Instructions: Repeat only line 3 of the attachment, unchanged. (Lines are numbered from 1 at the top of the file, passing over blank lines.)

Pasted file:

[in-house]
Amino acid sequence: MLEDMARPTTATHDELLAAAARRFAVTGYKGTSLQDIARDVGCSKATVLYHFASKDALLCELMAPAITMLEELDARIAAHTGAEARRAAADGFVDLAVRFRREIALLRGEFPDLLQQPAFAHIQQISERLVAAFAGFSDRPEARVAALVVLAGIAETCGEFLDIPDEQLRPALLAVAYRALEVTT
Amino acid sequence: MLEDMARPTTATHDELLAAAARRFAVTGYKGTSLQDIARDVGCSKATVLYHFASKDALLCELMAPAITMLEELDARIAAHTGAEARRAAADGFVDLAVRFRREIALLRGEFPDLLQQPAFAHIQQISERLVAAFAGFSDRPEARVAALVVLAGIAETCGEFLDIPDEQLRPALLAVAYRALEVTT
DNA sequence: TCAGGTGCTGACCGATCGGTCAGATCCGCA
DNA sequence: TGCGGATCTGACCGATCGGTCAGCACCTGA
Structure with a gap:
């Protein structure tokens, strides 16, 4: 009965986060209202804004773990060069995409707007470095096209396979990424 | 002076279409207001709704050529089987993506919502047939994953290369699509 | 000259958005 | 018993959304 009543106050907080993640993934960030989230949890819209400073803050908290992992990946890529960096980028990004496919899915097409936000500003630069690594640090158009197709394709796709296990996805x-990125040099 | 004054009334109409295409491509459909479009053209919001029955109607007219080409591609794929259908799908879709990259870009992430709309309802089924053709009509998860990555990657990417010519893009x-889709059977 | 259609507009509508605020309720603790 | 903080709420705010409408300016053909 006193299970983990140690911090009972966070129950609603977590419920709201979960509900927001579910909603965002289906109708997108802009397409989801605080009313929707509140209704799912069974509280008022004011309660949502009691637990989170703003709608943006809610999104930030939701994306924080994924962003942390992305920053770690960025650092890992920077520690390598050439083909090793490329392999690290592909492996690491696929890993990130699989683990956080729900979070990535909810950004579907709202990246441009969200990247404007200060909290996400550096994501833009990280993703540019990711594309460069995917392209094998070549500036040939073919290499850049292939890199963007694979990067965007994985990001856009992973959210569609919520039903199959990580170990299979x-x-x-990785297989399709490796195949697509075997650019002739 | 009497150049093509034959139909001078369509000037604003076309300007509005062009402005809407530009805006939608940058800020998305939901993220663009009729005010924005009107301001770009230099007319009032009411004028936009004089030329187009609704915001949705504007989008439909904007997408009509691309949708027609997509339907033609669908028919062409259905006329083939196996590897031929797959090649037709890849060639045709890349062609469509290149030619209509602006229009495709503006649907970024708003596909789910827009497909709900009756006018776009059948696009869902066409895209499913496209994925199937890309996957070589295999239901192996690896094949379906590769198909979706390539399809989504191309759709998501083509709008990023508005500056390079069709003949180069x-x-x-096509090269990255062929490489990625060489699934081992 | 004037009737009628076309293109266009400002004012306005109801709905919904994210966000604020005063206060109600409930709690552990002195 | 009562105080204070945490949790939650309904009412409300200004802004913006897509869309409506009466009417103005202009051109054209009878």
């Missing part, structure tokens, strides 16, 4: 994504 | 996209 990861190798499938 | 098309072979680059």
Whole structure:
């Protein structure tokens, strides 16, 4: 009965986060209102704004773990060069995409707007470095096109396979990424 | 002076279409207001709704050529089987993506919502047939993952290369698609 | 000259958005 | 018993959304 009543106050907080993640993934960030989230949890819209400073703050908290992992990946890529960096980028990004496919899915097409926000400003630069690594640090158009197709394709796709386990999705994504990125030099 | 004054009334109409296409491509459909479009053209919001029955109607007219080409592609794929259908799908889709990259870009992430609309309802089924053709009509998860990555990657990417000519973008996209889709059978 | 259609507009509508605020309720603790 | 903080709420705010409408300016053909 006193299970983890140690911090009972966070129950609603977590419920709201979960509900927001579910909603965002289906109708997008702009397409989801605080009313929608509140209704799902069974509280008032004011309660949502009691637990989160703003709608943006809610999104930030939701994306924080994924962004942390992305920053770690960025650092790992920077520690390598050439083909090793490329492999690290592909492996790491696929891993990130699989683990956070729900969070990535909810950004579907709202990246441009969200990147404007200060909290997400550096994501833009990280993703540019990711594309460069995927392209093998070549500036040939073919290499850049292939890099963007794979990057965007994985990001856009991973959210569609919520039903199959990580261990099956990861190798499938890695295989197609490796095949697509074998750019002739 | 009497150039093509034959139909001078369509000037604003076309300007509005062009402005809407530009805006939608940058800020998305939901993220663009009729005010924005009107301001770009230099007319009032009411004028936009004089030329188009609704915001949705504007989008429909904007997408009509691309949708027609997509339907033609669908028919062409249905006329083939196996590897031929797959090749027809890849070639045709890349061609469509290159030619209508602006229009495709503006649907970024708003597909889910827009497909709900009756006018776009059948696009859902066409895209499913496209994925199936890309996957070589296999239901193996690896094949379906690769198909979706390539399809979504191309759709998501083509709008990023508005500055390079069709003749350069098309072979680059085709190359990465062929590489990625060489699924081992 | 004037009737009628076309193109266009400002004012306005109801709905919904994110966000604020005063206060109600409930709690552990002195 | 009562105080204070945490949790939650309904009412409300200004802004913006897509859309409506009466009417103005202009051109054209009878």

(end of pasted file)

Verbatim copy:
Amino acid sequence: MLEDMARPTTATHDELLAAAARRFAVTGYKGTSLQDIARDVGCSKATVLYHFASKDALLCELMAPAITMLEELDARIAAHTGAEARRAAADGFVDLAVRFRREIALLRGEFPDLLQQPAFAHIQQISERLVAAFAGFSDRPEARVAALVVLAGIAETCGEFLDIPDEQLRPALLAVAYRALEVTT